Author Archives: Humanosphere

Antimicrobial resistance: The public health issue that will cost $100 trillion

NEW YORK — Health and drug experts are raising the alarm about antimicrobial resistance (AMR), one of the world’s most pressing public health issues that, if left unchecked, will cost the world $100 trillion by 2050. Scientists have been monitoring the rise of drug-resistant infections for years, but AMR moved into the global spotlight after

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News in the Humanosphere: Paris climate agreement gets big boost, on track to be enacted soon

Thirty-one countries formally joined the Paris climate change pact Wednesday, bringing the total number of countries ratifying the treaty to 60 and raising hopes that it will enter into effect by the end of the year. The number is higher than the 55-country threshold needed for the treaty to enter into force. But because together

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News in the Humanosphere: U.N. rights chief condemns Congo’s deadly crackdown on protests

The U.N. human rights chief strongly condemned this week’s fatal shooting of anti-government protesters in the Democratic Republic of the Congo and urged the government on Thursday to seek dialogue with the opposition. Zeid Ra’ad al Hussein said the death toll from clashes between protesters and security forces in the capital Kinshasa on Monday had

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Conflict zones pose final threat to eradicating polio

Health organizations have all the right weapons to eradicate polio, but can’t deploy them because of wartime conflict in Nigeria, Pakistan and Afghanistan – the last three countries affected by the disease. Two years ago, the World Health Organization (WHO) declared Nigeria – along with the rest of Africa – to be polio-free. This year,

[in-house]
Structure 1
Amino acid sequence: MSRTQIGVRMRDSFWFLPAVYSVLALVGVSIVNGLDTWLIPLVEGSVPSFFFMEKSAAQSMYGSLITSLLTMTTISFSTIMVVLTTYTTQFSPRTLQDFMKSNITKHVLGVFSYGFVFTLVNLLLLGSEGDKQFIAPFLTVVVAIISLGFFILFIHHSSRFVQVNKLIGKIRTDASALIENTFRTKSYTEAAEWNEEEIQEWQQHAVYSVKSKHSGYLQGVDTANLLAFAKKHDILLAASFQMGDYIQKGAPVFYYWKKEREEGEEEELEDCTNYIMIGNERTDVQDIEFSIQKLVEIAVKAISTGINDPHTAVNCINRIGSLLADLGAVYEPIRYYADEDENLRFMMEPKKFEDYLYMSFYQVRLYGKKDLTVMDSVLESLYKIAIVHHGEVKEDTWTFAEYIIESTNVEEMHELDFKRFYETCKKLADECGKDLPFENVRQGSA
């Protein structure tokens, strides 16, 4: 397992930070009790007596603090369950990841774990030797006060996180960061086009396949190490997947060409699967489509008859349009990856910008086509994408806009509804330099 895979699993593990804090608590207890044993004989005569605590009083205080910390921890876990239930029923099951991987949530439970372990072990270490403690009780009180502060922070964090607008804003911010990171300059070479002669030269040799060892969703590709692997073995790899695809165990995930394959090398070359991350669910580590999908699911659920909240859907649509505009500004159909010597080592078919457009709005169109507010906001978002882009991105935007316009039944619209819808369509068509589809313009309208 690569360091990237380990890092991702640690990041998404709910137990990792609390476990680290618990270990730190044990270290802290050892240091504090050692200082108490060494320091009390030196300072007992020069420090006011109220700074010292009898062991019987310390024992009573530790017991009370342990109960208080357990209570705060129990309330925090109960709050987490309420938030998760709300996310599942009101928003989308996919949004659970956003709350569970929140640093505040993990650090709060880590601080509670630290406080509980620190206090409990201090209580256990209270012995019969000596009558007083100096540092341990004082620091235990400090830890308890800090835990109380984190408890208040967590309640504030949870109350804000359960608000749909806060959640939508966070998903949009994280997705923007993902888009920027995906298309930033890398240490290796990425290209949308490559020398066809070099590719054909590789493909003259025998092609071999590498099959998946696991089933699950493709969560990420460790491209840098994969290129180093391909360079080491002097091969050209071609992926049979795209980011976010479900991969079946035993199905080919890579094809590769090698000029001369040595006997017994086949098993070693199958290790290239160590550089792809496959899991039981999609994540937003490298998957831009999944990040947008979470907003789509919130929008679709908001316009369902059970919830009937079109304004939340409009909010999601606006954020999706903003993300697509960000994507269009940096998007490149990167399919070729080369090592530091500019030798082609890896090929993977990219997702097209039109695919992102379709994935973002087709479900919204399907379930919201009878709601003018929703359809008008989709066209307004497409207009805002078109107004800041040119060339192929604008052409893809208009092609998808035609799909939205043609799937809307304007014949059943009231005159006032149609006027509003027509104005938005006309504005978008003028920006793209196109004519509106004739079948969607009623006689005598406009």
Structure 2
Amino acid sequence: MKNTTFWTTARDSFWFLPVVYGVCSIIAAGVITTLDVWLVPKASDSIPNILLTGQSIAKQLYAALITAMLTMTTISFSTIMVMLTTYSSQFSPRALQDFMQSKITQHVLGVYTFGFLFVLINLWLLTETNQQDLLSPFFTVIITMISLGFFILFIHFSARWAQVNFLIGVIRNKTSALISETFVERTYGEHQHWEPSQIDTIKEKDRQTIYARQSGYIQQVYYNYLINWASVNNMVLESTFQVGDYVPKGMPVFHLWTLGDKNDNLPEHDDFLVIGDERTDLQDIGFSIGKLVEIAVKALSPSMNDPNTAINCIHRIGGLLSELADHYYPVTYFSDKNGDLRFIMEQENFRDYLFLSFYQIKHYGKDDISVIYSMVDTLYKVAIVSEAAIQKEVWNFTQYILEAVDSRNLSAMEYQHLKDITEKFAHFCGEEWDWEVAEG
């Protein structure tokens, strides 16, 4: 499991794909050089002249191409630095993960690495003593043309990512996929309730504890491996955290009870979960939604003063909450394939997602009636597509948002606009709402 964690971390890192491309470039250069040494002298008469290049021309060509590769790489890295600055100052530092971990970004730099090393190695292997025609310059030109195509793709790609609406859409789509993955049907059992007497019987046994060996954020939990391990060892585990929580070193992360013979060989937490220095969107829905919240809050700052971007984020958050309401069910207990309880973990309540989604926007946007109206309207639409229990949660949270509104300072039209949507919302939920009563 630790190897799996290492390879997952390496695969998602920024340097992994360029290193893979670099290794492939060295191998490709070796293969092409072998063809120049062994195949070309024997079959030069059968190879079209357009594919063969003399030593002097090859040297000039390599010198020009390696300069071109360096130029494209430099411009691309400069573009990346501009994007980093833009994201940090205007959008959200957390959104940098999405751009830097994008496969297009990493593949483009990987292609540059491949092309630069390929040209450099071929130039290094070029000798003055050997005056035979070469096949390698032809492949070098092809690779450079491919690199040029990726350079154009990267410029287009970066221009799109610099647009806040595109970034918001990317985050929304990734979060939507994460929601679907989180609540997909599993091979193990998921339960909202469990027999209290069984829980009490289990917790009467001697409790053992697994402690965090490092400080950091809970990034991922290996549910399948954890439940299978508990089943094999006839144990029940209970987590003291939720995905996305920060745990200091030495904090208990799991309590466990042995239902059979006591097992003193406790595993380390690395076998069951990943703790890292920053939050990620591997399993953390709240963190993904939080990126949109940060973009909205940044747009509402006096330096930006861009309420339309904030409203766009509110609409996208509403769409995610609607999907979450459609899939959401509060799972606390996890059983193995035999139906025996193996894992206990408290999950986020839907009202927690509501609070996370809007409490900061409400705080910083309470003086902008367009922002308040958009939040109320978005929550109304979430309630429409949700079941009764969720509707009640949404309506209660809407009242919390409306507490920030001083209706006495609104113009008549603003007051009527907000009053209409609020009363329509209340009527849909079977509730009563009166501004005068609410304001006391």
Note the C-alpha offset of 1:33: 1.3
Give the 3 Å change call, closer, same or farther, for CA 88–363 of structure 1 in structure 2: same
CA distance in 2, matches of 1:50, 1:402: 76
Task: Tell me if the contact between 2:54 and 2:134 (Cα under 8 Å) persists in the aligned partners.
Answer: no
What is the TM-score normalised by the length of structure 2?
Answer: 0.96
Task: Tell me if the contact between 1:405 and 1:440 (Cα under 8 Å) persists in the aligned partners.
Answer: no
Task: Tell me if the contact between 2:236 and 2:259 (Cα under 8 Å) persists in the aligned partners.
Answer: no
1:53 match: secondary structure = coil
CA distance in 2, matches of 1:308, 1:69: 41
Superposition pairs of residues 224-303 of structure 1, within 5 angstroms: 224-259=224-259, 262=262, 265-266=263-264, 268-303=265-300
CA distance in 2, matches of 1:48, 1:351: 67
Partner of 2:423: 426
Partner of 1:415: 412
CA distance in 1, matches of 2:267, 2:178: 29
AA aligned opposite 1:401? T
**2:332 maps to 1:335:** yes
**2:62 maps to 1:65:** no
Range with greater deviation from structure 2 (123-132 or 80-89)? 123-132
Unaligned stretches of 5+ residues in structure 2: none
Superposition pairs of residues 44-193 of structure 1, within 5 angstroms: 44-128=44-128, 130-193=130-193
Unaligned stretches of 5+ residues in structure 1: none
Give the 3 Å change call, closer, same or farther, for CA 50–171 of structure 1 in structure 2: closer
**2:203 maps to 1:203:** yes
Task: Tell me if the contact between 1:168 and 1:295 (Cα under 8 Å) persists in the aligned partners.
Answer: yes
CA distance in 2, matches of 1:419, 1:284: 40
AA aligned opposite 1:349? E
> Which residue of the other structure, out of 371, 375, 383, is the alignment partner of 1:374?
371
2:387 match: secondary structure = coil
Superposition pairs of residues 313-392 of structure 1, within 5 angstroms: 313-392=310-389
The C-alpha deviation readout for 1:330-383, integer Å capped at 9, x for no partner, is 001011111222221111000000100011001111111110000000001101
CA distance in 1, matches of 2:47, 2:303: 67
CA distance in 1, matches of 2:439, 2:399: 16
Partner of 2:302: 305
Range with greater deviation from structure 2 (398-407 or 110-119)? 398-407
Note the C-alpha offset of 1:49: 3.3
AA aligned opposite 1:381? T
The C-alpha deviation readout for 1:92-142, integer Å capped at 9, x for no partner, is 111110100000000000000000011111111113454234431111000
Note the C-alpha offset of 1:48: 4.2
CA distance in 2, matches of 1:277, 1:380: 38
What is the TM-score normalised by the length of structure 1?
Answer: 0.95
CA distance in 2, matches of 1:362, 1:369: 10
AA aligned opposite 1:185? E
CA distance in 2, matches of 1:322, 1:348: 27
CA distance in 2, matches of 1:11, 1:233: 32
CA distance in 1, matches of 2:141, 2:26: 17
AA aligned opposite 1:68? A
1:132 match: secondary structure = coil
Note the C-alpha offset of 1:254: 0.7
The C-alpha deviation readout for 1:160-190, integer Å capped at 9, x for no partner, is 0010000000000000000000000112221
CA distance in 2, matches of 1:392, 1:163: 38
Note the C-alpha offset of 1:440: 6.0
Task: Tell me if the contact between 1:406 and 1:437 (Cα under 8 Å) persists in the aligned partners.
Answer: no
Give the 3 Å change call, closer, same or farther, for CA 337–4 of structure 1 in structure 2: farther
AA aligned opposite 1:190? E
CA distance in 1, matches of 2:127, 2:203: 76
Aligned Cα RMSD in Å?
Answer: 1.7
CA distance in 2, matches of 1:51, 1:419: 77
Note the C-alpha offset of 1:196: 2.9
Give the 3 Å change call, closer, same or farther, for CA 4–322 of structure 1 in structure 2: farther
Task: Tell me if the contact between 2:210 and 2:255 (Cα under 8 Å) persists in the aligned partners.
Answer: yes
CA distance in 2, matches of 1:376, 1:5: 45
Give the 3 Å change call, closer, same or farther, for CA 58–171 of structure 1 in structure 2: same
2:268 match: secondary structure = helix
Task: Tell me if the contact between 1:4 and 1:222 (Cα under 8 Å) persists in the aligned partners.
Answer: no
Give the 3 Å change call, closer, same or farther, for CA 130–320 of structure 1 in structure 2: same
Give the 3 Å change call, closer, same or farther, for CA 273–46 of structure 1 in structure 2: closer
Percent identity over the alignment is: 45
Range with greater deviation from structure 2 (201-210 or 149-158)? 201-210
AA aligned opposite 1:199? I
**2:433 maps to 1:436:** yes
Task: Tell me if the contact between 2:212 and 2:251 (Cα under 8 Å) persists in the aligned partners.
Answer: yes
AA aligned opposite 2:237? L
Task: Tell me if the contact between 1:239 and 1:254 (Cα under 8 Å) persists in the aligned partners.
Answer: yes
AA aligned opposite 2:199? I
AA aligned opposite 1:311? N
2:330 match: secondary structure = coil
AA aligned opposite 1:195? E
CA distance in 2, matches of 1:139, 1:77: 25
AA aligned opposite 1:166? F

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U.N. Women receives millions in funds to improve gender data

UNITED NATIONS — The U.S. Agency for International Development and the Australian government have granted $5 million and $6 million USD, respectively, to help fund a new initiative by U.N. Women to produce and collect gender data. The initiative, backed by a new public-private partnership between U.N. Women, the Bill & Melinda Gates Foundation, Data2X

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Only 6 pathogens guilty for most childhood diarrhea, new study reveals

Scientists are delighted with a new study that suggests vaccines and antibiotics just need to target six pathogens to tackle 78 percent of cases of childhood diarrhea, the second leading cause of death in children under 5. “It’s not a hopelessly long list of infections that we can’t do anything about,” Eric Houpt, professor of infectious diseases and

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India embraces technology as a tool to reach development goals

India’s long- and short-term vision to address poverty includes plans to increase energy production and scientific collaboration to expand access to technology. Rajagopala Chidambaram, principal scientific adviser to the government of India, covered a wide range of technology initiatives ranging from the expansion of electricity access to rural tech programs in a Seattle talk last